Jim Rhodes’s Joto robot draws pictures you program in from your phone.
When we spoke, he was in the process of reaching out to backers to ask for the extra $27 each he needed for their orders. He first sent out a straightforward project update outlining how neither the Joto team nor their logistics partners had anticipated the extra expense, and were not in a position to cover them. “It’s been difficult, but posting updates that explain the situation in a transparent way has helped our backers see we’re all on the same side,” says Rhodes.
The Shenzhen team behind the Snapmaker three-in-one 3D printer, CNC, and laser cutter is also affected by the new list of 3,805 products that have been hit with the additional tariffs.
The Snapmaker three-in-one 3D printer, CNC, and laser cutter.
“We are all hopeful that the tariffs go away by the time we ship out the rewards to our backers,” says sales manager Sheila She. “However, this news makes people hesitate when pledging for our product or even cancel their orders since they don’t want to pay the additional tariffs.”
Joto and Snapmaker both work with third-party logistics shipping partners, but Joto sea-freights products to U.S. hubs that charge imports to the company, while Snapmaker sends the packages directly from Shenzhen, so U.S. Customs charges each backer the extra 25 percent. Snapmaker is doing everything they can to communicate that additional charge; they’ve sent backers a document explaining that extra fees will apply and shared an online tool to help calculate them.
When the tariffs hit 3D printers, prototyping suffers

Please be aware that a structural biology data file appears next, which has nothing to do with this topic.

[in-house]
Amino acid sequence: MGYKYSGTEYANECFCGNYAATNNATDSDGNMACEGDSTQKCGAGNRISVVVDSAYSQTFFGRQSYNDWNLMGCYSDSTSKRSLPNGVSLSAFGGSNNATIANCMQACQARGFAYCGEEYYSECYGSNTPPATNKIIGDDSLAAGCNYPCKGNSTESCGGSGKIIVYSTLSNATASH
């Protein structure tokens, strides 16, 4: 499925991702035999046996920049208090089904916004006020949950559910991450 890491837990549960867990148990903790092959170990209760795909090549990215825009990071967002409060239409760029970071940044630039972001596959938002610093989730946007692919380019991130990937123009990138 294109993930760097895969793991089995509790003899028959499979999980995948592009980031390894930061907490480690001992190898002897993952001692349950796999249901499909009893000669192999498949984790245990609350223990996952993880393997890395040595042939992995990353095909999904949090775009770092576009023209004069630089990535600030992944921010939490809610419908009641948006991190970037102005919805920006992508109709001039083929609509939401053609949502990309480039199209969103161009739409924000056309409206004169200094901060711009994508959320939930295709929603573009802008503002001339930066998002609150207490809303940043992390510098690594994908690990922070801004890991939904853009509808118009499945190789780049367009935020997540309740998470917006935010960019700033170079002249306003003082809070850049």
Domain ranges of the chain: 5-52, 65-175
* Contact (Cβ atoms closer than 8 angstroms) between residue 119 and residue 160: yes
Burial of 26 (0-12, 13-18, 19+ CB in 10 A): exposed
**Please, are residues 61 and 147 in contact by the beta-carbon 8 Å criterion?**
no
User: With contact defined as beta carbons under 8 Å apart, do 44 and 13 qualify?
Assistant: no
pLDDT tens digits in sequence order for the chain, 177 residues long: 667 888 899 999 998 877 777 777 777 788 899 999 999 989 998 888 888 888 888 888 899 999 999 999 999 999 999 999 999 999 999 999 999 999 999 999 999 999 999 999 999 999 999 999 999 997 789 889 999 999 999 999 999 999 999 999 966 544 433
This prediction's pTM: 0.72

Keeping up with and communicating those changes is still difficult for their team, and it hurts that lesser-quality printers on the market won’t be hit by the charges. “This new tariff is likely to limit the sales growth of the most high-quality products, but it doesn’t affect U.S. sales of 3D printers that are less than $800,” explains She. It will become more expensive for makers and small companies to carry out digital fabrication projects—3D printing prototypes is standard procedure for making everything from headphones to health devices—and casual consumers might have a more negative impression of 3D printers if they’re exposed mostly to the cheaper models.
Manufacturing doesn’t happen without China—creators have to roll with the punches
The tariff situation remains volatile, and it’s unclear whether tariffs will increase further or even stay in place at all. But the simple truth is that it’s impossible to make hardware without China.
Rhodes says he couldn’t have made Joto on his relatively short time line anywhere but China, full stop. Burtov, who manufactures his GeoOrbital electric wheels and bikes in America, has always depended on Chinese imports of materials and components, like aluminum and batteries. “As far as I know, there’s no way to get them from American sources,” he says. Now that his costs are going up so much, he’s considering offshoring his manufacturing to help offset them.
Creators will continue to work with China. Until lawmakers hear and respond to the voluminous complaints, there’s not a lot small businesses can do to mitigate the harms these tariffs introduce. They will have to strategize how to assume the extra charges, work flexibly to adapt to ongoing policy changes, and communicate with their communities more than ever to help backers understand why prices are going up.